As debate over the national rollout comes to a head, it’s make-your-mind-up time for PulseToday editor Steve Nowottny
It seems that, ever since I joined Pulse in February 2007, I’ve been writing about the Summary Care Record.
There was the original early adopter programme in Bolton, Bury, and then a further four PCTs. There were data protection fears. Arguments over consent, whether patients should opt-in or opt-out.
Connecting for Health had set ambitious targets for the national rollout of the programme. (One of the first stories I wrote for Pulse, based on Connecting for Health guidance to SHAs, was headlined ‘Summary Care Records for all by end of 2008.’ How time flies.)
But while the project has been dogged by privacy concerns and technological delays, it is now finally, belatedly, becoming reality, with an accelerated rollout in London and some other SHAs.
And yesterday, it got very real for me, when a bulky looking envelope from NHS Tower Hamlets arrived through my letterbox.
Tragically, I’m a bit of a connoisseur of Summary Care Record Public Information Programme letters (two such letters early on in the rollout demanded patients explain their reasons for opting out in person), so I scrutinised it carefully.
As these things go, it was very comprehensive – and addressed pretty much all of the concerns raised by GPs earlier in the rollout.
It was, as I say, a bulky envelope, and official looking – so it wasn’t likely to be dismissed as junk mail.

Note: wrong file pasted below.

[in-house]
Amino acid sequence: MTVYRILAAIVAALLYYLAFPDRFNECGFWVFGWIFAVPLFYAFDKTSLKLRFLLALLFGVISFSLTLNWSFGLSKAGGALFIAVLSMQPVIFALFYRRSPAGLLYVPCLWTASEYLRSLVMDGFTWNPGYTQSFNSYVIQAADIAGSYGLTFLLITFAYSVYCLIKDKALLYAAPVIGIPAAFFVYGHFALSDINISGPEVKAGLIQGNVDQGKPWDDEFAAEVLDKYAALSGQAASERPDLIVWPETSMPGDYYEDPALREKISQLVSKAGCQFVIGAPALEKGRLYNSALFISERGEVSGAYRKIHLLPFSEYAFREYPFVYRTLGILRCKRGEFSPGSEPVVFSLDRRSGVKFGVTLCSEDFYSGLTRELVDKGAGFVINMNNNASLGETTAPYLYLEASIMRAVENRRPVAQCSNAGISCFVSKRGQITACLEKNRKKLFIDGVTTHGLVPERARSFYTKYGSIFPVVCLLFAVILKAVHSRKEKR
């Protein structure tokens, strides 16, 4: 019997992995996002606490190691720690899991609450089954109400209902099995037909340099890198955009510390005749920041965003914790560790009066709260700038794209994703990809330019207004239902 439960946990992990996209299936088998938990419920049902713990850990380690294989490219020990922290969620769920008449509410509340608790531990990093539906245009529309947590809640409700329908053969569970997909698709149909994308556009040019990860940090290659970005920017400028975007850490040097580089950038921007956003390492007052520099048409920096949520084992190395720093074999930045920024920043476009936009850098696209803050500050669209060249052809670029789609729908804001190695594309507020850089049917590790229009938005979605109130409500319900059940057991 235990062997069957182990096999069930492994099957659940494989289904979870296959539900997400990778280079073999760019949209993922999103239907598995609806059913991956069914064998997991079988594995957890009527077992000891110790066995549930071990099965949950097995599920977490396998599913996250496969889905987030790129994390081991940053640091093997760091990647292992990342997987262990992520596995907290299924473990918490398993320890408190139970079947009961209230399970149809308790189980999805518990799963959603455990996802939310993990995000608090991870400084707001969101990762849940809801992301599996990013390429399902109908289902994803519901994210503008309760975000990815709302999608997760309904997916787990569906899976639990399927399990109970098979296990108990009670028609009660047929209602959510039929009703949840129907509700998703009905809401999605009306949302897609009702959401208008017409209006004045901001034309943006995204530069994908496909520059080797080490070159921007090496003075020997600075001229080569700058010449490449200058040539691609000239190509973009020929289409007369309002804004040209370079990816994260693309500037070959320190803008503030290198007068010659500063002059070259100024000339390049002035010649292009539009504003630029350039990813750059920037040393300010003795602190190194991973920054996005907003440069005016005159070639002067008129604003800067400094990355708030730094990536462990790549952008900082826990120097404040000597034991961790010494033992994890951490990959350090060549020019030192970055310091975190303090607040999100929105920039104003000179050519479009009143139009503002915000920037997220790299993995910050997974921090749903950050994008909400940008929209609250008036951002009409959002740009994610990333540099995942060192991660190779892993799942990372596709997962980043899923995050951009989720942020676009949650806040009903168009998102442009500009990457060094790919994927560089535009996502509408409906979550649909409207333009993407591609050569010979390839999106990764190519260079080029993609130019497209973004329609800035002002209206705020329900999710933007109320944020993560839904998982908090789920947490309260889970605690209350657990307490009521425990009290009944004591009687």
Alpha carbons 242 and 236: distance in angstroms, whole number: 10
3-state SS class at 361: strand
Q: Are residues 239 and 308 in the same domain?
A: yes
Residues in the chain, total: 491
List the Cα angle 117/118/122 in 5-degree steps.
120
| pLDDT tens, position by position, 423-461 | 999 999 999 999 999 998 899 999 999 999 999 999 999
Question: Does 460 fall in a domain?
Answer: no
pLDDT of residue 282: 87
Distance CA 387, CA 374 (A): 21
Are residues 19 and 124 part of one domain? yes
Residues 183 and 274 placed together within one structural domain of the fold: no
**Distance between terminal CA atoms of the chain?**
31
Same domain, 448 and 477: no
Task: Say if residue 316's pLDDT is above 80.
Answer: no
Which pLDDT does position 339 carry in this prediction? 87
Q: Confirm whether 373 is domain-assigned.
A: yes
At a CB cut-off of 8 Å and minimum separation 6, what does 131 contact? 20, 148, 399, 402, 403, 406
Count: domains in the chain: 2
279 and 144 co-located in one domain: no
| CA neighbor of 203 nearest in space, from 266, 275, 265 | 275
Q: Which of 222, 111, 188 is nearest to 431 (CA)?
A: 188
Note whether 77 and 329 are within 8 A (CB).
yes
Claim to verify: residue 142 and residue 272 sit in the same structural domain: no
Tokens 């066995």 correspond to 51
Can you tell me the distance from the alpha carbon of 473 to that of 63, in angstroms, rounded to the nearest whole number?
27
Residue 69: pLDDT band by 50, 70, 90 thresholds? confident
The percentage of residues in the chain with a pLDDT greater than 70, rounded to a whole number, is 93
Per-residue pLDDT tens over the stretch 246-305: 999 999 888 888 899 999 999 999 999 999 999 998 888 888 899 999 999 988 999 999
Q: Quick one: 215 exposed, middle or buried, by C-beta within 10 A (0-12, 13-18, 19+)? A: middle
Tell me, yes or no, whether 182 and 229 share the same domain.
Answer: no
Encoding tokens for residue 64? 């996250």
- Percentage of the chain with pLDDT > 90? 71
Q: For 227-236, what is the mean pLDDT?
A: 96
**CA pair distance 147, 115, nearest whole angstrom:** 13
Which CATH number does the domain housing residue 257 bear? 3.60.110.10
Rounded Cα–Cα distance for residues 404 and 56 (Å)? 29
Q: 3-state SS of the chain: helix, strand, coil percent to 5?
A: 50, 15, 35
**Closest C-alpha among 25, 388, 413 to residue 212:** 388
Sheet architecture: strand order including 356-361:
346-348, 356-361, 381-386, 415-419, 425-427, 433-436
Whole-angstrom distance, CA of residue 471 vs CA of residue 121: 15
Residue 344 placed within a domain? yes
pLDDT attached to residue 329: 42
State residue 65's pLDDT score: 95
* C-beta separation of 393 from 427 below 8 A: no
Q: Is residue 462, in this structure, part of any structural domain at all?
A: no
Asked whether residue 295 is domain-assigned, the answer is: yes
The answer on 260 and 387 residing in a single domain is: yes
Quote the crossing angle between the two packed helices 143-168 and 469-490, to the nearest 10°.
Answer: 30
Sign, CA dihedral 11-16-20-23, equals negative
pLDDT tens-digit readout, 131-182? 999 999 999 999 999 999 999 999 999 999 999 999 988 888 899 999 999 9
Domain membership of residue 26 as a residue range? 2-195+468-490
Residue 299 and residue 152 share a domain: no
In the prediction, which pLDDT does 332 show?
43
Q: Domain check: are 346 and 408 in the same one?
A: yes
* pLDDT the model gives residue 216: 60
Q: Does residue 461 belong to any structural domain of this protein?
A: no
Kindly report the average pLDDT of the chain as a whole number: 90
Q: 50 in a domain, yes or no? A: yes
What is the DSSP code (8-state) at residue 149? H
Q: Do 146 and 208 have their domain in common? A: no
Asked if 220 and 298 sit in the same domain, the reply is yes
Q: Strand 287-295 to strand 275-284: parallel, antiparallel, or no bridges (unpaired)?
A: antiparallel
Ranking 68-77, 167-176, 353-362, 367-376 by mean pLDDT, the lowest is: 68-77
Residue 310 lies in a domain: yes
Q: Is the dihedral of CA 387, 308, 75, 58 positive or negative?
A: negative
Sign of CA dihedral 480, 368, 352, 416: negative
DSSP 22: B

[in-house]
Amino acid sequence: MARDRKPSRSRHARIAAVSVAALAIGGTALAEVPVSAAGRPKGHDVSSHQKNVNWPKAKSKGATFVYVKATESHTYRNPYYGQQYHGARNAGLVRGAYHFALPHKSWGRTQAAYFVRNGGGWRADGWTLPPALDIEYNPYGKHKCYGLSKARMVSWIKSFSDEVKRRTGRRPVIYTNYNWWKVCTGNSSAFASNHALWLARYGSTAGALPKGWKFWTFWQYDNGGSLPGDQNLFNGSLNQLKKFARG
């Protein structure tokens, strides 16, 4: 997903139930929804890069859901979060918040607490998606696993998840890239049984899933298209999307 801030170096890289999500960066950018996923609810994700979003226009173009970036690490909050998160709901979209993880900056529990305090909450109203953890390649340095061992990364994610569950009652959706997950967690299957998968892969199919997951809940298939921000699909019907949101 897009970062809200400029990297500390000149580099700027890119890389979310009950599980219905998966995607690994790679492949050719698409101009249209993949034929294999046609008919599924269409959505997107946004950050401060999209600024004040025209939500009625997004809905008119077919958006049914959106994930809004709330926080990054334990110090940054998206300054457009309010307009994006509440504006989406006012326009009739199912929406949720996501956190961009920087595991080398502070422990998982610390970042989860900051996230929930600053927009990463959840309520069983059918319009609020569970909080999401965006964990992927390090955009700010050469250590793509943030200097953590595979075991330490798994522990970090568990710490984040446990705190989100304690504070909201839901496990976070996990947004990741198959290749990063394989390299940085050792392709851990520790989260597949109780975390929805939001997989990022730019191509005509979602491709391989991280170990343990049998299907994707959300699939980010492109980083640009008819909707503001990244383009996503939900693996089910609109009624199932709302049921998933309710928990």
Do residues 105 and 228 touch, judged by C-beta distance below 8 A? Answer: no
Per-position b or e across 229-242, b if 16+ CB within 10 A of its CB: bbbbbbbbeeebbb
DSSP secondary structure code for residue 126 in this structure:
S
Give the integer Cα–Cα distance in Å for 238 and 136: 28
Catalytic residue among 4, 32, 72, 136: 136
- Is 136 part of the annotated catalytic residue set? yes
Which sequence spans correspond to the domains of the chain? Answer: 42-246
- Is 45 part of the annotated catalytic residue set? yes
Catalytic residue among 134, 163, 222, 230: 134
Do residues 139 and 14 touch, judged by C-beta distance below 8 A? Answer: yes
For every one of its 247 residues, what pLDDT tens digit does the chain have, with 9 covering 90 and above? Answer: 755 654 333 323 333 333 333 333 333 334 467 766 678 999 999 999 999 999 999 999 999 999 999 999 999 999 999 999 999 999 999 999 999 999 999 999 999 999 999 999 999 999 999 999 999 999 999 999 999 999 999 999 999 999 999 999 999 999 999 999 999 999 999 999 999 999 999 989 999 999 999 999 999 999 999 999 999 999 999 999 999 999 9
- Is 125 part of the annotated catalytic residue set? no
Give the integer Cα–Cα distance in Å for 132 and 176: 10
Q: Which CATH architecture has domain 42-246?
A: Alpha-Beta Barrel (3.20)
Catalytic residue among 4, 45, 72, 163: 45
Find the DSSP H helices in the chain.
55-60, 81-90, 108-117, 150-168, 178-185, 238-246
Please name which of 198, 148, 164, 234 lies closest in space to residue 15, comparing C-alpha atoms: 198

There was no demand for an in-person opt-out, and while there was no opt-out form included in the pack, there were clear instructions of how I could go online to do so.
The information booklet too was comprehensive, even explaining explicitly that if I chose not to opt out at this stage, I would not be able to delete my record at a later stage, although it could be hidden.
In fact, the only criticism I could really find to level at it was a journalistic typographical quibble. Is it the ‘Summary Care Record’ or the ‘summary care record’ – the literature couldn’t seem to decide.
But the question of whether I should personally opt out of having my record shared is a bit of a head-scratcher.
It feels strange not to, after years of reporting on GPs’ very reasonable privacy concerns. The supposed protection of role-based access controls not withstanding, do I really want hundreds of thousands of NHS staff to potentially have access to my records?
But the counter-argument put forward in the literature was compelling. Sharing a Summary Care Record will help improve the standard of patient care – my patient care – it was argued. It’s a patient safety issue.
I know from personal experience how bad communication can be between different elements of the NHS, and as a patient, when it comes to theoretical privacy versus practical safety, there’s only ever one winner. It’s a guess, but I expect many will feel the same.
But then came this morning’s worrying reports of the leaked draft findings of the next official evaluation into Summary Care Records, by researchers at University College, London. The top line? That some of the records which have been uploaded already ‘contain inaccuracies and omissions that make it difficult for doctors to trust it as a single source of truth’.
Could opting to have a Summary Care Record actually be less safe than not having one at all?
It’s back to the drawing board then, and I’m still no closer to deciding one way or the other.
I have twelve weeks in which to make a decision. And of course, with an election likely before then, the Summary Care Record may not still be around in twelve weeks.
If it is, and I haven’t decided to proactively opt out, my record will be uploaded by default. I may yet decide to do so – but the privacy versus safety debate is balanced on a knife-edge, and it takes a lot of initiative to proactively opt out.
Which is what, I suspect, Connecting for Health are counting on.